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October 23, 2014 | 29th Tishrei 5775

ASSISTING CONGREGATIONS IN NEED OF JEWISH PROFESSIONALS

66th General Assembly
December 2001
Boston, Massachusetts

ASSISTING CONGREGATIONS IN NEED OF JEWISH PROFESSIONALS

Background: The Reform Movement's current shortage of Jewish professionals--rabbis, cantors, educators, and administrators--affects many of our congregations. To some extent, the shortage reflects the success of the Movement. One hundred and twelve congregations have joined the UAHC since the 1991 Biennial convention, and many of those congregations are looking to engage one or more Jewish professionals. Furthermore, many UAHC congregations are growing in size and programming: Meet the needs of their congregants, they require greater numbers of professional staff.

In this context, our Movement especially benefits when our synagogue communities, through both professional and lay leadership, encourage their members to pursue careers as rabbis, cantors, educators, and communal service professionals. We recognize the hard work of Hebrew Union College-Jewish Institute of Religion (HUC-JIR) in its recruitment efforts, but we also know that it is the responsibility of the entire Reform Movement to encourage our youth, college students, and synagogue leaders to become Jewish professionals.

In addition, a number of professionals have offered to assist congregations on a part-time basis during the current period of need. As a result, several congregations, with the assistance of their UAHC regional director, have been able to find local professionals to help out on a limited basis. Other congregations have sought to increase the level of knowledge of their lay members, including sending some to the UAHC/HUC-JIR/CCAR Sh'liach K'hilah/Synagogue Associate program, thus expanding the number of people able to assist in congregational life. Still other congregations that are blessed with several professionals have encouraged efforts by those professionals to assist underserved congregations on an occasional basis. All these initiatives help, but more is required.

In the midst of this shortage, we are mindful of the words of our tradition:
Kol Yisrael areivim zeh bazeh,"All Israel is responsible for one another." It is the obligation of all of us in the Reform Movement to assist those congregations in need of professional support.

THEREFORE, the Union of American Hebrew Congregations resolves to:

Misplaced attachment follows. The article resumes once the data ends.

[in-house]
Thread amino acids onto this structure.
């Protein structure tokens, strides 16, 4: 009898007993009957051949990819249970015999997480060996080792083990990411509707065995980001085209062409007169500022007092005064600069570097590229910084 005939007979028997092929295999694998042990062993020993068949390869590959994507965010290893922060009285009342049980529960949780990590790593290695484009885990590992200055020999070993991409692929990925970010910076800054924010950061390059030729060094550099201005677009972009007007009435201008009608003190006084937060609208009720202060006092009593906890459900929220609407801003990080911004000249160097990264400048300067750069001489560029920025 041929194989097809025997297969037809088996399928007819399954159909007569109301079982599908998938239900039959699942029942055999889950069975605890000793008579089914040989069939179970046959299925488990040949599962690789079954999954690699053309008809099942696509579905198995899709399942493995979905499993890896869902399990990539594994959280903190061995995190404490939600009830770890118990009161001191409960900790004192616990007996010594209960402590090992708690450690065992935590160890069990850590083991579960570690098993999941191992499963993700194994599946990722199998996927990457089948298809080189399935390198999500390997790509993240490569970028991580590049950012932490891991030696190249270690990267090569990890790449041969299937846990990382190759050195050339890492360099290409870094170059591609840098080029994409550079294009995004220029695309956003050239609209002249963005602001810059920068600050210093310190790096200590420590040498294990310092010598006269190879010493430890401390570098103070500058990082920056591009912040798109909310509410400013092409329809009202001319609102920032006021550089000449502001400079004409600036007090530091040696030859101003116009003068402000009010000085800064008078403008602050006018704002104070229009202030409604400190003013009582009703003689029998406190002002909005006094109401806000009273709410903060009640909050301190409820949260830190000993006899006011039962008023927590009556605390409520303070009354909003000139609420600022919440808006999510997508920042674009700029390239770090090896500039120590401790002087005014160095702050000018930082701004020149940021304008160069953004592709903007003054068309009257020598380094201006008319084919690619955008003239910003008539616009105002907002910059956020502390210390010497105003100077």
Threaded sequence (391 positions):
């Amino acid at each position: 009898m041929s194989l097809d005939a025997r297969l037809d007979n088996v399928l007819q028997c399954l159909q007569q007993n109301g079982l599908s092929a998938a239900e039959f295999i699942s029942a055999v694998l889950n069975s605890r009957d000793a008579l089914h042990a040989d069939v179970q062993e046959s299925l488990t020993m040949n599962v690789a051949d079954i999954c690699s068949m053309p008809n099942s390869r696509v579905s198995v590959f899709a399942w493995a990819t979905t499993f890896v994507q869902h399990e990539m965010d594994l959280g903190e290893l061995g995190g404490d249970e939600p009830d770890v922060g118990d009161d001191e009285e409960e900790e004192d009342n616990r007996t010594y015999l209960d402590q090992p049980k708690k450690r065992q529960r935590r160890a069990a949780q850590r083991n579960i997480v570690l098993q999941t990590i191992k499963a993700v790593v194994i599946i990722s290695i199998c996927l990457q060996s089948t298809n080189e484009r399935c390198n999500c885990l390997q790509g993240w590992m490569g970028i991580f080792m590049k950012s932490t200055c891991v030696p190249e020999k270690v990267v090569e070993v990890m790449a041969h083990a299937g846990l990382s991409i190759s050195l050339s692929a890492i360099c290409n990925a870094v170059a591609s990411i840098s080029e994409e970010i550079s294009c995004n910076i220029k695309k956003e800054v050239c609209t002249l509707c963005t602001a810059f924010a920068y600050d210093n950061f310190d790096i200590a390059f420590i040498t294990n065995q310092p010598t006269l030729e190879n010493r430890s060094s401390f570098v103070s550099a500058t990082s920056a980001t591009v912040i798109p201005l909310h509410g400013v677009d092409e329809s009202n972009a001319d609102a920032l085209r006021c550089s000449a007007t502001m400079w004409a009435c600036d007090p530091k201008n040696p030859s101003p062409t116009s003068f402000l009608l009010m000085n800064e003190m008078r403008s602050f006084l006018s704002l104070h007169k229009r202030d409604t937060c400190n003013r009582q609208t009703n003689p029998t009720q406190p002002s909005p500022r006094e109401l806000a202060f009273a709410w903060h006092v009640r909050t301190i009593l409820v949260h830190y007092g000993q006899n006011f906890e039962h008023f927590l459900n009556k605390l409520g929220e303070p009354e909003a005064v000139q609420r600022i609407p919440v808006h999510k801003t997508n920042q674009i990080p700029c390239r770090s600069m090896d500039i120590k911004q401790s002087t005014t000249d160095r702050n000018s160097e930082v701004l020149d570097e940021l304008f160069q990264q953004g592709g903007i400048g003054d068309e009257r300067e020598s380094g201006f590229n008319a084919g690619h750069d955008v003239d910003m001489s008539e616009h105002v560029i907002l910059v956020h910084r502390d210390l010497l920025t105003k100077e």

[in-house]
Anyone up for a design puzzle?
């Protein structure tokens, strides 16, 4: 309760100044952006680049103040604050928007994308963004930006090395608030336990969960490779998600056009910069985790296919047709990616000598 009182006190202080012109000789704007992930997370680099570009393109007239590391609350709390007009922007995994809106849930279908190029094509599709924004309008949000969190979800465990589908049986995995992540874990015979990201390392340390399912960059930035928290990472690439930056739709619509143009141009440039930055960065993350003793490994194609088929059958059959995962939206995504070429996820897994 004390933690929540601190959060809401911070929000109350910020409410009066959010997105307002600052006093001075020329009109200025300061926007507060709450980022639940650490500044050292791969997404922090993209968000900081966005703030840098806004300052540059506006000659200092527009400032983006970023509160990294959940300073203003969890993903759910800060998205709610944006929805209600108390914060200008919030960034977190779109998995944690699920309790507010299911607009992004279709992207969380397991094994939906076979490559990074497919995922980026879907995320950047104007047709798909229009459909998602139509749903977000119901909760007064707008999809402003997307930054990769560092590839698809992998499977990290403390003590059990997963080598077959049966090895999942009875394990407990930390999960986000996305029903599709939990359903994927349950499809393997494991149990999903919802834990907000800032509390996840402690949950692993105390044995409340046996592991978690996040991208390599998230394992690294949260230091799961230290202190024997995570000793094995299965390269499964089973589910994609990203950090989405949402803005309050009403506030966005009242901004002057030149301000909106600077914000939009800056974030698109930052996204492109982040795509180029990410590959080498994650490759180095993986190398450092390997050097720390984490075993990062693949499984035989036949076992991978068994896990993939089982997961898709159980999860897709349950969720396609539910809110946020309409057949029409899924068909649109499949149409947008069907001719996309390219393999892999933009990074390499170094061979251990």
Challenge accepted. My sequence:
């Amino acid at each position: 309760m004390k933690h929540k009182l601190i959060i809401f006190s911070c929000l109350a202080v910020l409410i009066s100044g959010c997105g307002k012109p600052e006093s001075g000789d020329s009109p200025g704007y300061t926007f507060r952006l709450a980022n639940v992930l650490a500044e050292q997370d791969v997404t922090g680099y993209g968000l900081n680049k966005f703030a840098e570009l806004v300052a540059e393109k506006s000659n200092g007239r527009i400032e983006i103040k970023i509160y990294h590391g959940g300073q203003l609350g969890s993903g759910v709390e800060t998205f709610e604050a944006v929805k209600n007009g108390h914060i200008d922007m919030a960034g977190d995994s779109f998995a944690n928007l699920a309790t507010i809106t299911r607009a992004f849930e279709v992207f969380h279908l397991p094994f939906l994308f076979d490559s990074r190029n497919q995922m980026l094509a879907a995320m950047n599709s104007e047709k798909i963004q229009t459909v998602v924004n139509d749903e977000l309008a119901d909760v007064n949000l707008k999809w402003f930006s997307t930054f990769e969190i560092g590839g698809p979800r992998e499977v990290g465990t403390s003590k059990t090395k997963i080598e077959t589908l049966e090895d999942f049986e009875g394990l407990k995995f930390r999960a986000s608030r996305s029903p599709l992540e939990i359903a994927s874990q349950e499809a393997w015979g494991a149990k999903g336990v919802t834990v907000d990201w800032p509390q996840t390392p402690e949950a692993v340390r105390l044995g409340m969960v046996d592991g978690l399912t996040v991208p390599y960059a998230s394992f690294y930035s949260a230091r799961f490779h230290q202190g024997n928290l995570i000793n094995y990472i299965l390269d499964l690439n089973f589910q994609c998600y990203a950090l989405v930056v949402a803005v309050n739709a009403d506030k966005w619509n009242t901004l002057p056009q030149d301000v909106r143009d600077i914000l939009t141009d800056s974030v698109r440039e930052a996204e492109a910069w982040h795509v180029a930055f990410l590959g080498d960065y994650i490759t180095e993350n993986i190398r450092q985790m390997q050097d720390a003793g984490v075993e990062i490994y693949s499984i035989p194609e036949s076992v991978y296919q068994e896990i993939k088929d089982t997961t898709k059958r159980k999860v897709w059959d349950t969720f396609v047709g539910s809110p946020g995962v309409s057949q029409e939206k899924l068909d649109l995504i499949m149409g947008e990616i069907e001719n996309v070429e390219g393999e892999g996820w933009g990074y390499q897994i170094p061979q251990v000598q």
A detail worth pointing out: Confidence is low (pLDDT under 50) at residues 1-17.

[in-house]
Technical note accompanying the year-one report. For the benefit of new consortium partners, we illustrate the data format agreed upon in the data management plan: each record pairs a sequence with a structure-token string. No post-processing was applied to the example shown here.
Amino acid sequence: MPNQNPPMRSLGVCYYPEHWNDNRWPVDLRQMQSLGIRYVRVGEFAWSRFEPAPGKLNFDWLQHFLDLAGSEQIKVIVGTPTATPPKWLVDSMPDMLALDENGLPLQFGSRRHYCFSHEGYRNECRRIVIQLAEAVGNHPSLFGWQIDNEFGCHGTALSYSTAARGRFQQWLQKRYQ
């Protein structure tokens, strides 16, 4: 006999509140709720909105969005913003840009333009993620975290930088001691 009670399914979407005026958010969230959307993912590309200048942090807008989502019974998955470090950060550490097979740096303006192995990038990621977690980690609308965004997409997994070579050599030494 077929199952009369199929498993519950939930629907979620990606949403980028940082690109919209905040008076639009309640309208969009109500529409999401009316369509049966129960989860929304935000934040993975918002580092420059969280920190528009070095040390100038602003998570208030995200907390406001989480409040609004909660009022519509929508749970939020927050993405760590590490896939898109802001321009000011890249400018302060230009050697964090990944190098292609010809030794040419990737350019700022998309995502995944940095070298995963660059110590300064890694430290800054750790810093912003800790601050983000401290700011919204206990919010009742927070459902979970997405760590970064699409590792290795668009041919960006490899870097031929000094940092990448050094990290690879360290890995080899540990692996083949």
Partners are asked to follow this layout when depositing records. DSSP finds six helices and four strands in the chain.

1. Congratulate those congregations and professional and volunteer leaders who have nurtured and encouraged individuals to pursue education, training opportunities, and careers as Jewish professionals;
  2. Urge all Reform congregations, professionals, and laypeople to undertake similar efforts to nurture and encourage individuals to pursue such education, training, and careers;
  3. Urge congregational leaders to support congregations in need of professional leadership by encouraging members of their professional staff to assist underserved congregations and facilitating their efforts. For example, within reasonable bounds, professionals engaging in such efforts should be able to do so without loss of vacation time or professional-development hours; and
  4. Urge the Reform professional organizations-the Central Conference of American Rabbis, the American Conference of Cantors, the Guild of Temple Musicians, the National Association of Temple Educators, and the National Association of Temple Administrators-to encourage their members, particularly those members who are retired or who work part-time or outside congregational life, to assist congregations that lack the Jewish professionals they need with services such as the following:;
    1. Leading worship;
    2. Teaching an adult education course;
    3. Advising a confirmation class;
    4. Officiating at life-cycle events;
    5. Directing an adult or children's choir;
    6. Tutoring b'nei mitzvah students;
    7. Developing curriculum;
    8. Providing teacher training;
    9. Running a school or family retreat; and
    10. Consulting on specific issues such as building maintenance, finances, and capital campaigns.

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